What is Air Permeability?
Air permeability is the control of air leakage through the fabric of the building. This will include both infiltration and ventilation movement of the building.
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As air permeability engineers we work strictly to the set building regulation. These regulations include both ATTMA TS1 and ATTMA TSL1, of which part L of the building regulations sets all energy efficiency standards for all new homes and specificies that a selection of new homes on all building developments must be tested for Air Leakage.
Air tightness, air leakage or air permeability all refer to the infiltration of cold/hot air into the building and/or the loss of heated/cooled air from inside through gaps, cracks, holes, etc in the building fabric. The loss or cooling/heating of this ‘conditioned air’ through ‘uncontrolled ventilation’ affects the energy consumption of the building, as additional energy will be required to re-heat or re-cool the air. It also impacts on the comfort levels of the building occupiers.
Air tightness plays a significant role in the energy efficiency of buildings. Because: a link has been established between carbon emissions and global warming the production of energy emits carbon the built environment contributes about 50% of carbon emissions heated/conditioned air leaking from buildings requires the use of additional energy to maintain temperatures By limiting the leakage of heated/conditioned air from buildings, it is possible to reduce energy consumption and costs. The government has made commitments to reduce carbon emissions through the European Energy Performance of Buildings Directive (EPBD) and the Kyoto Agreement. Part L is their method for addressing the conservation of fuel and power in buildings based on their overall ‘Emission Rate’ and as such places performance requirements on air tightness. Performance is proven through site testing of the completed building.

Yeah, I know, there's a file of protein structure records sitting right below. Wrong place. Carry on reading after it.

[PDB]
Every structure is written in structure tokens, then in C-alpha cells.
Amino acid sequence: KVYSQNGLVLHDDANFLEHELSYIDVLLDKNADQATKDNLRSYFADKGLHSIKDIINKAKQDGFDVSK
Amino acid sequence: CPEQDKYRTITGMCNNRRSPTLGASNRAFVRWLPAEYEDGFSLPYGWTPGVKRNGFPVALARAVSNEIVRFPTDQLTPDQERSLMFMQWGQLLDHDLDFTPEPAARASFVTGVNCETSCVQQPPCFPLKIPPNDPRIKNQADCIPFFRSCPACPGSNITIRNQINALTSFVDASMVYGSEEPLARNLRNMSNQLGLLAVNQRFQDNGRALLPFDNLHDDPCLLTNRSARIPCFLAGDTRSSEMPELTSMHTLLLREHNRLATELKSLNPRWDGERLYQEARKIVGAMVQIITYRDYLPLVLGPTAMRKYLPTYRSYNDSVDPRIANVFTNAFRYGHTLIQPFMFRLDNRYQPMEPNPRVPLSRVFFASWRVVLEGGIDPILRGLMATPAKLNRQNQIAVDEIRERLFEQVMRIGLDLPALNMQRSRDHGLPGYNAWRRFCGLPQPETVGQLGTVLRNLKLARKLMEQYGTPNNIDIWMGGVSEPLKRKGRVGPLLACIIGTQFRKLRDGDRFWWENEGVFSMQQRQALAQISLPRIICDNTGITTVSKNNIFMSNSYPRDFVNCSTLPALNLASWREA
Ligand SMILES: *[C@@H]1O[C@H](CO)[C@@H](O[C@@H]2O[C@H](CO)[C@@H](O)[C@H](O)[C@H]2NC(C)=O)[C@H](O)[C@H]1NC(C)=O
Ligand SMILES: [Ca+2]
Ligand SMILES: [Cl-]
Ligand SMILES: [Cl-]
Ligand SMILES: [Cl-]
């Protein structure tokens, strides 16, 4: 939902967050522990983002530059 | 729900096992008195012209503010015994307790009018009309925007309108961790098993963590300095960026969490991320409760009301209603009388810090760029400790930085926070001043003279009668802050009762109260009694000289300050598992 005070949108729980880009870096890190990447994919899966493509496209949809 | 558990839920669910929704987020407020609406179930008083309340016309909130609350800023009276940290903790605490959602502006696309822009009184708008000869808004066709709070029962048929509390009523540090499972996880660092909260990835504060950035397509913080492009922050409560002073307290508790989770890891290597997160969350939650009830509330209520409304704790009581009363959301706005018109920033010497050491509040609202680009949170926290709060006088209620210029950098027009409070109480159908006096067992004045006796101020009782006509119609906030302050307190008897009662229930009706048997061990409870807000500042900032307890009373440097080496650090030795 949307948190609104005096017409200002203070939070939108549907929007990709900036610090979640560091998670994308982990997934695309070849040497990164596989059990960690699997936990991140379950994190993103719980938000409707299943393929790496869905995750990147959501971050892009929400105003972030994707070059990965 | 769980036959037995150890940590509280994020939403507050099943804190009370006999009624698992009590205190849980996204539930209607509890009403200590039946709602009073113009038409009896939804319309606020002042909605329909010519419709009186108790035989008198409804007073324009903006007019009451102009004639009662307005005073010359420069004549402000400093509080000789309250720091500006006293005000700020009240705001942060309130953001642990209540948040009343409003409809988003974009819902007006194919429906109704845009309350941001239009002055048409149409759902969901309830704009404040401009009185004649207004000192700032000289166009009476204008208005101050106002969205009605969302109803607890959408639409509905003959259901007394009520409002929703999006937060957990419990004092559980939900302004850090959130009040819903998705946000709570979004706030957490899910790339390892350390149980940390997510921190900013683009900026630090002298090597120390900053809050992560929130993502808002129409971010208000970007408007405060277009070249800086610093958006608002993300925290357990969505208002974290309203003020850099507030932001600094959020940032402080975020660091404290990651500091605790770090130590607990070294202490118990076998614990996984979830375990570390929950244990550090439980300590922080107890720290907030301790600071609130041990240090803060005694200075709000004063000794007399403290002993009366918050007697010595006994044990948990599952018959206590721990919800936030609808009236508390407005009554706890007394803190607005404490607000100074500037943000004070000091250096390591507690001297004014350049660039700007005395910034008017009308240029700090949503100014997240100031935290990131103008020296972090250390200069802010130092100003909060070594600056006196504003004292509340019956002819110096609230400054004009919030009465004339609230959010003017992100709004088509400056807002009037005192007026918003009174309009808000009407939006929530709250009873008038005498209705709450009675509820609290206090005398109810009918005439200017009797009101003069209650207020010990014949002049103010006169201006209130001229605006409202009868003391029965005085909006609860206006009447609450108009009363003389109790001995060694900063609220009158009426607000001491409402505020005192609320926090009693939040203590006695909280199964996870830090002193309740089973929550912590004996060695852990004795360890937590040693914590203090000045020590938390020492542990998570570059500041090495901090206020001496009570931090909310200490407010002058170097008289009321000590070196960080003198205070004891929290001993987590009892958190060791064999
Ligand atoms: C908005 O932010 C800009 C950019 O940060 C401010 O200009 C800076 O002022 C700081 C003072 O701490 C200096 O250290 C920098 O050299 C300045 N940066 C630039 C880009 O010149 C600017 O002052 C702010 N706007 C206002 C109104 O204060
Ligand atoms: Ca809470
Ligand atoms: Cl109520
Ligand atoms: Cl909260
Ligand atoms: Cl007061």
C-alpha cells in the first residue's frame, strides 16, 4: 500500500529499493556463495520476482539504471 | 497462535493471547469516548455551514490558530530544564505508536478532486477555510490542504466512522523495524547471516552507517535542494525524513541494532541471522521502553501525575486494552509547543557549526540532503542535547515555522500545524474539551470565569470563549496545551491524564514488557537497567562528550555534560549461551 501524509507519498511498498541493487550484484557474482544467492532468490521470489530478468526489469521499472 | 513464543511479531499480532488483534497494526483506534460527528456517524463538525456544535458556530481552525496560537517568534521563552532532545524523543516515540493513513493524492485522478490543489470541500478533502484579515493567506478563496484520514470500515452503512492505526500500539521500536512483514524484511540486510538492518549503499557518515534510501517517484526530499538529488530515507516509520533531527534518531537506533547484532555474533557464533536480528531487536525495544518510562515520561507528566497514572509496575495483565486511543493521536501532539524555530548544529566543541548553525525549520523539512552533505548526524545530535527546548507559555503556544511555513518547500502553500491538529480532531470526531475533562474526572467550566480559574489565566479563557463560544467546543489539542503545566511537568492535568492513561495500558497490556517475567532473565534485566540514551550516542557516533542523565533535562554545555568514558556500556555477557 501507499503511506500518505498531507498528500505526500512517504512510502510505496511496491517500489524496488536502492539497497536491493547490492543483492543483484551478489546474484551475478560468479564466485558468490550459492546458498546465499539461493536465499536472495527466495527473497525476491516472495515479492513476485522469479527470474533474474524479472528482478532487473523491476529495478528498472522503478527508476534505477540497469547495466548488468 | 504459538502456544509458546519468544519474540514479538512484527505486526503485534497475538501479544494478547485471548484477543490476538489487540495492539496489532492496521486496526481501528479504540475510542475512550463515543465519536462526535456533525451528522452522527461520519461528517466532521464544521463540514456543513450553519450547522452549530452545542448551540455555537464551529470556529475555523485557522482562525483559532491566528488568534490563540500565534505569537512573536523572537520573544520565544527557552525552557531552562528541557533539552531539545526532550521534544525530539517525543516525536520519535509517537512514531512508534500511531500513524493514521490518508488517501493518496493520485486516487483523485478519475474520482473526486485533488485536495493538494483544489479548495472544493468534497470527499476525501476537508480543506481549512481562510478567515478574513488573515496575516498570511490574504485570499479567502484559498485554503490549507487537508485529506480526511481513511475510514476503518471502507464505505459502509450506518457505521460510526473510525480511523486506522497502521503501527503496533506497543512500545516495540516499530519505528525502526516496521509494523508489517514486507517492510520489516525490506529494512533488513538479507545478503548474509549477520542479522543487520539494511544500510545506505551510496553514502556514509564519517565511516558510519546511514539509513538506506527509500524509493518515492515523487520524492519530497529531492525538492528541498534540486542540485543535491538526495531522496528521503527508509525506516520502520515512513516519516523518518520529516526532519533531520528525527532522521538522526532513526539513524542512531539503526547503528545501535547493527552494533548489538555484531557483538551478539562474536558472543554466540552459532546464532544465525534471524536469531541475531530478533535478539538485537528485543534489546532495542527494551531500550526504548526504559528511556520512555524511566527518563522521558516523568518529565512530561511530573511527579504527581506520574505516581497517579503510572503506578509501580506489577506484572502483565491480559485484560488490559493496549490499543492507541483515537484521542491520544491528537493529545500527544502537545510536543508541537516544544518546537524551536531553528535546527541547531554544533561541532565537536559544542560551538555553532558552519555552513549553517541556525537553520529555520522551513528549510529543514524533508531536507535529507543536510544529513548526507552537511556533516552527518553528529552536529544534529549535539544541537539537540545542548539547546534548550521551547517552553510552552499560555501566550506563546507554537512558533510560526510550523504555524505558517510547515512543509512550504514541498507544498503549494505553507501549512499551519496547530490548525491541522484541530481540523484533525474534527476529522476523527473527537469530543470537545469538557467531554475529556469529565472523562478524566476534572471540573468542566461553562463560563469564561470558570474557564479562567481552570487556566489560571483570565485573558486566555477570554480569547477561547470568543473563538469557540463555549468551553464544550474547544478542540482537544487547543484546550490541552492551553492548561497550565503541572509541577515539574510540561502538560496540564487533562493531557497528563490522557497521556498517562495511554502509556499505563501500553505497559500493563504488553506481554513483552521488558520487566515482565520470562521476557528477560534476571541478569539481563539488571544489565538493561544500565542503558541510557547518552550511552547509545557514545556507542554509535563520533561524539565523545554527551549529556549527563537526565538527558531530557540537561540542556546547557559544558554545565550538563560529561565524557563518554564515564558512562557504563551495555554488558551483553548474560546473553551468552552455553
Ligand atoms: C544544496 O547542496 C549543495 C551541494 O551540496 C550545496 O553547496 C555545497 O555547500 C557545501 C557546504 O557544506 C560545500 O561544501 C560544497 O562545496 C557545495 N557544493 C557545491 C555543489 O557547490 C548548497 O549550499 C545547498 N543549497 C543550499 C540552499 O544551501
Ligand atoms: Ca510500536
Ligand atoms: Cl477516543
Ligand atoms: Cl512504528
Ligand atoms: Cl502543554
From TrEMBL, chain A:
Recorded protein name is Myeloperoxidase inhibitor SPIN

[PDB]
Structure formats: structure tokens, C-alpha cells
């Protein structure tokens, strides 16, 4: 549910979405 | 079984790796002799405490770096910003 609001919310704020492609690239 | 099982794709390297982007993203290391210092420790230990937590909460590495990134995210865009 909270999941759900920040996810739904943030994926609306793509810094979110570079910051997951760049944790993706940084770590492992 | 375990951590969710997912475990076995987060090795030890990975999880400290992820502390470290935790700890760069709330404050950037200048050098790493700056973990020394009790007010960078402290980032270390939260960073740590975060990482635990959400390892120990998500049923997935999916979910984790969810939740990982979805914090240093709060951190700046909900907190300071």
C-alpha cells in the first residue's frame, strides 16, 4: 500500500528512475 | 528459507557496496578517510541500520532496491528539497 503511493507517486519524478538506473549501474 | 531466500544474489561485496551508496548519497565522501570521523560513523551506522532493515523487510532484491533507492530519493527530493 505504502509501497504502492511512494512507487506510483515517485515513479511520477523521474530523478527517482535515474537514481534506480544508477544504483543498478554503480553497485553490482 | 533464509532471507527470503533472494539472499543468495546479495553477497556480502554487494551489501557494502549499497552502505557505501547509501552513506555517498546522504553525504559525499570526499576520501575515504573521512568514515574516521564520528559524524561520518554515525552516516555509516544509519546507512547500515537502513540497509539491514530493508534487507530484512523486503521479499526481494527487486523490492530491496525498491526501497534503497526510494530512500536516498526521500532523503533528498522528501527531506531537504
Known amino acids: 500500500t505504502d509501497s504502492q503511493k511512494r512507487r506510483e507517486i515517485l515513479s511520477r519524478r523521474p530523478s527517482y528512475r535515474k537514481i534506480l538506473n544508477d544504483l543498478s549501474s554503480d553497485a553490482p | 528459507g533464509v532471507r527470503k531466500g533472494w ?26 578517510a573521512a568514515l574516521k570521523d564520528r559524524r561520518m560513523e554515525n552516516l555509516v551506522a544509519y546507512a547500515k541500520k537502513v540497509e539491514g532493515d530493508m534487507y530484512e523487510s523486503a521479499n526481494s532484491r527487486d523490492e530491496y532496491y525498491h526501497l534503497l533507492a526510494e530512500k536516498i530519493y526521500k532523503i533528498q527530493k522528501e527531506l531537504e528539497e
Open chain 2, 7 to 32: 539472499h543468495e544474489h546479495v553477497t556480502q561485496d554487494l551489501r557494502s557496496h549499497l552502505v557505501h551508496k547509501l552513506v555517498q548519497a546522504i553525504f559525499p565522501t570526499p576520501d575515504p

Air permeability is an important factor in assessing the overall carbon emission of a building via the appropriate calculation methodology: Standard Assessment Procedure (SAP) for dwellings under 450m² floor area – accredited software has been developed to make calculation easier. Simplified Building Energy Model (SBEM) for buildings other than dwellings – software still under development Before construction: SAP or SBEM is used to calculate a Target Emission Rate (TER) in advance of starting building work. This is based on a range of factors including orientation, glazing, insulation, heating system/fuel, etc.. The details of the above are entered into the software along with a ‘Design Air Permeability’ (what you hope the building will achieve under testing) which must be under 10m³/(h.m²) @ 50 Pa or 15m³/(h.m²) @ 50Pa if a poorer assumed value can be used. The TER is effectively the performance the building would have achieved under 2002 regulations, with a 20% improvement factor applied, in line with wider government targets for reducing carbon emissions. To achieve the TER, you may need to change the specification of products, orientation of buildings, heating system or commit to achieve air permeability lower than the basic regulatory requirement. After construction: The building is then constructed and the specification and configuration of the building may change over the course of the process. The actual details and tested air permeability figure are entered into the software again to give a Dwelling or Building Emission Rate (DER or BER). The actual DER or BER must be lower or equal to TER. This is a regulatory requirement under Approved Document L.